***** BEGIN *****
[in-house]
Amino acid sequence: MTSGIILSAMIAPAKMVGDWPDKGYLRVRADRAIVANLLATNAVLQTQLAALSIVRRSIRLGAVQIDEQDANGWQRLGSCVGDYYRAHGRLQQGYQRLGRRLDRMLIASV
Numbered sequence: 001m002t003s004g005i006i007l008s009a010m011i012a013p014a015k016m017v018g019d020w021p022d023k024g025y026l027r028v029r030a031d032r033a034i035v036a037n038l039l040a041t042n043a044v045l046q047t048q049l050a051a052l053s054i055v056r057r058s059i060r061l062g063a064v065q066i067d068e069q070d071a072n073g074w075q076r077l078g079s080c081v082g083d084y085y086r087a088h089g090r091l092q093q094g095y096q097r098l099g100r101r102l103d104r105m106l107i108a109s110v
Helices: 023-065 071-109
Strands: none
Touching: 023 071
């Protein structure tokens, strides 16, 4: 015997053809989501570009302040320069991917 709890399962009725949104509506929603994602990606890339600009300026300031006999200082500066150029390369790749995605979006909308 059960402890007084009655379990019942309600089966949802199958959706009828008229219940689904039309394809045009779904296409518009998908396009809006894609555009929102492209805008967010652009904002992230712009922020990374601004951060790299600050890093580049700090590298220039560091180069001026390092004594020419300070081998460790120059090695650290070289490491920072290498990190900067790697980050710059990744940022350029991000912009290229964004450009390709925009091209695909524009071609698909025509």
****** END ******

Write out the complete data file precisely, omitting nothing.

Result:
[in-house]
Amino acid sequence: MTSGIILSAMIAPAKMVGDWPDKGYLRVRADRAIVANLLATNAVLQTQLAALSIVRRSIRLGAVQIDEQDANGWQRLGSCVGDYYRAHGRLQQGYQRLGRRLDRMLIASV
Numbered sequence: 001m002t003s004g005i006i007l008s009a010m011i012a013p014a015k016m017v018g019d020w021p022d023k024g025y026l027r028v029r030a031d032r033a034i035v036a037n038l039l040a041t042n043a044v045l046q047t048q049l050a051a052l053s054i055v056r057r058s059i060r061l062g063a064v065q066i067d068e069q070d071a072n073g074w075q076r077l078g079s080c081v082g083d084y085y086r087a088h089g090r091l092q093q094g095y096q097r098l099g100r101r102l103d104r105m106l107i108a109s110v
Helices: 023-065 071-109
Strands: none
Touching: 023 071
């Protein structure tokens, strides 16, 4: 015997053809989501570009302040320069991917 709890399962009725949104509506929603994602990606890339600009300026300031006999200082500066150029390369790749995605979006909308 059960402890007084009655379990019942309600089966949802199958959706009828008229219940689904039309394809045009779904296409518009998908396009809006894609555009929102492209805008967010652009904002992230712009922020990374601004951060790299600050890093580049700090590298220039560091180069001026390092004594020419300070081998460790120059090695650290070289490491920072290498990190900067790697980050710059990744940022350029991000912009290229964004450009390709925009091209695909524009071609698909025509």